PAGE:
Fabian Jones, Chairman of the Agriculture Committee of the Barbuda Council, says he is pleased with the progress of the sector on the sister island, as the schools have also recommenced a farming programme.
Jones says it is important for the small island to be self-sufficient, for the people to feed themselves, and for them to stop relying so heavily on imported produce.
He notes, with satisfaction, that the schools have also embarked on programmes that will get students involved at an early age in this most important sector.
However, Jones acknowledges that the programme has gotten off to a slow start after being stalled for some time by the COVID-19 pandemic.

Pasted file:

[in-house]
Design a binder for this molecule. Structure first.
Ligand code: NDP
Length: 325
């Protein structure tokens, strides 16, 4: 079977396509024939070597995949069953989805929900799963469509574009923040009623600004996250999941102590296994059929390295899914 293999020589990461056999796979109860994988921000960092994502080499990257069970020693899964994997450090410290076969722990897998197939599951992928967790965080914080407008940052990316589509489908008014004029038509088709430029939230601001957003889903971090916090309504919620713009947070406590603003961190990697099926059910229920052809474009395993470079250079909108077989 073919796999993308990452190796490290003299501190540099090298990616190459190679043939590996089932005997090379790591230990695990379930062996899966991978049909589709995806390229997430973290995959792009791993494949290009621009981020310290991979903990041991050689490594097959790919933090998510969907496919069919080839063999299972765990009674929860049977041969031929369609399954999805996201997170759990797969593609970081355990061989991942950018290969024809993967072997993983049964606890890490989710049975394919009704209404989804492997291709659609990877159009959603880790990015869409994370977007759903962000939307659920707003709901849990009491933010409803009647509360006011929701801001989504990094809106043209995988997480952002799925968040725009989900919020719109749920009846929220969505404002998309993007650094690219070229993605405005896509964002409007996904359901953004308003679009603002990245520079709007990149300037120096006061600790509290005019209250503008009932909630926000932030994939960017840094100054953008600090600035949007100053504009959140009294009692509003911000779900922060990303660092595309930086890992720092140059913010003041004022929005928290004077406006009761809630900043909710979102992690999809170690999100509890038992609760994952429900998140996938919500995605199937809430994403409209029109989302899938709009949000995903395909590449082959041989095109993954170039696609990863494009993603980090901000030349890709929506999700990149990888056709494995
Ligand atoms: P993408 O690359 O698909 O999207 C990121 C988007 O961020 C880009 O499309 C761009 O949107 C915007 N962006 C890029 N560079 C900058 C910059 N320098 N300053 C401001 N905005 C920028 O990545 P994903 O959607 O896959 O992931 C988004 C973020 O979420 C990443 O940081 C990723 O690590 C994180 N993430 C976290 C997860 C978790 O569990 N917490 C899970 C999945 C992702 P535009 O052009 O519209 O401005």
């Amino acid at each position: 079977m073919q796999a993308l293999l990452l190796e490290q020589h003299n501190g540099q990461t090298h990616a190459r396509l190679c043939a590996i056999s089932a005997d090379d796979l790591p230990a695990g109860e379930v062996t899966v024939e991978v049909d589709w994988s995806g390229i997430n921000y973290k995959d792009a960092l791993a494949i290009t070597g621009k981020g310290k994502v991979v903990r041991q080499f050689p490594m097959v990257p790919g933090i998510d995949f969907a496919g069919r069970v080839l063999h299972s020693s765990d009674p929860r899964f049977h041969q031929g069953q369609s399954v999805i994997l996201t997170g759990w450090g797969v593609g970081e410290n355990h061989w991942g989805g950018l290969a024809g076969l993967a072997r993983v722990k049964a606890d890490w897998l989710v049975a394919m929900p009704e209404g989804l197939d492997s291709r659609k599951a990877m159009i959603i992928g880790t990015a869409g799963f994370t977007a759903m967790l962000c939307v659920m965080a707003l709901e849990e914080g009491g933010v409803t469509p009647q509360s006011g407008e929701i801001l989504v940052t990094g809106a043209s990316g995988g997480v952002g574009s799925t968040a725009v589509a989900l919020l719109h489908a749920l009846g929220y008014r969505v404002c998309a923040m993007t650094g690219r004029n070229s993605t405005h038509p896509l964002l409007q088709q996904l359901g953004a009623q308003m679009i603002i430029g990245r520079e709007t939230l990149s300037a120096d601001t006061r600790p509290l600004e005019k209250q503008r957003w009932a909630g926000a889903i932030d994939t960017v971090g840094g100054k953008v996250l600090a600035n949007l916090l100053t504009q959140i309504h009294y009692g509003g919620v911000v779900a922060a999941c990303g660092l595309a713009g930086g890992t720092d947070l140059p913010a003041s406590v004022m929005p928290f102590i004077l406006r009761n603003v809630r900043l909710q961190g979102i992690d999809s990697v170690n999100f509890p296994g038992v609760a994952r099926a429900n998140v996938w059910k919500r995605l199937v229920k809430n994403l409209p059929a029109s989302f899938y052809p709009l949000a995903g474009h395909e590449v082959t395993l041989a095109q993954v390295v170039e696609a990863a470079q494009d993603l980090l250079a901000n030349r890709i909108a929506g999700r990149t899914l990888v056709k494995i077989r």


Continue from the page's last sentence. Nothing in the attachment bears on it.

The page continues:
Funding for the programmes has come through IICA (eye-eek-ah).
Meanwhile, referring to the recent donation of equipment from the British High Commission, intended to strengthen the local agricultural programme, Jones says the site at which the peanut crop is to be planted will have to be fenced before any production takes place.
Barbuda was once famous for its ability to produce high-grade peanuts. However, due to infrastructural damage caused by Hurricane Irma in 2017, the island has not been able to resume planting this crop.